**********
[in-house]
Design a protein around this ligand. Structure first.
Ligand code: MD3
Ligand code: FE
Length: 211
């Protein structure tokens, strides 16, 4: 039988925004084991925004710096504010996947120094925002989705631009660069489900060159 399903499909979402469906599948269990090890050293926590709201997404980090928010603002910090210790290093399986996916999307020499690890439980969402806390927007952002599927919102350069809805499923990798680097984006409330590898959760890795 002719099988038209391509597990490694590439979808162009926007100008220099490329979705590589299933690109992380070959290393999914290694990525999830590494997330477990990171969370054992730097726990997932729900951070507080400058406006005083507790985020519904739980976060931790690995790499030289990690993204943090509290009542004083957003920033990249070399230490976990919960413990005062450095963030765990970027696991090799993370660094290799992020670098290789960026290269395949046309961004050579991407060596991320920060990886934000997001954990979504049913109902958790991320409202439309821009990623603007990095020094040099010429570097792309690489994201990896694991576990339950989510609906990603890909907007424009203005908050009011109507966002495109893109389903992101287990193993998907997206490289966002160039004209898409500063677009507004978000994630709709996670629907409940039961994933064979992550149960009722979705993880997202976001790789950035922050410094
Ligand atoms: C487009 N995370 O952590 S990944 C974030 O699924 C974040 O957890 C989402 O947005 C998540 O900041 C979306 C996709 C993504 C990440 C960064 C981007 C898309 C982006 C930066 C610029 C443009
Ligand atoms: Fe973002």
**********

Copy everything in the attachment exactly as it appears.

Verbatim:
[in-house]
Design a protein around this ligand. Structure first.
Ligand code: MD3
Ligand code: FE
Length: 211
């Protein structure tokens, strides 16, 4: 039988925004084991925004710096504010996947120094925002989705631009660069489900060159 399903499909979402469906599948269990090890050293926590709201997404980090928010603002910090210790290093399986996916999307020499690890439980969402806390927007952002599927919102350069809805499923990798680097984006409330590898959760890795 002719099988038209391509597990490694590439979808162009926007100008220099490329979705590589299933690109992380070959290393999914290694990525999830590494997330477990990171969370054992730097726990997932729900951070507080400058406006005083507790985020519904739980976060931790690995790499030289990690993204943090509290009542004083957003920033990249070399230490976990919960413990005062450095963030765990970027696991090799993370660094290799992020670098290789960026290269395949046309961004050579991407060596991320920060990886934000997001954990979504049913109902958790991320409202439309821009990623603007990095020094040099010429570097792309690489994201990896694991576990339950989510609906990603890909907007424009203005908050009011109507966002495109893109389903992101287990193993998907997206490289966002160039004209898409500063677009507004978000994630709709996670629907409940039961994933064979992550149960009722979705993880997202976001790789950035922050410094
Ligand atoms: C487009 N995370 O952590 S990944 C974030 O699924 C974040 O957890 C989402 O947005 C998540 O900041 C979306 C996709 C993504 C990440 C960064 C981007 C898309 C982006 C930066 C610029 C443009
Ligand atoms: Fe973002």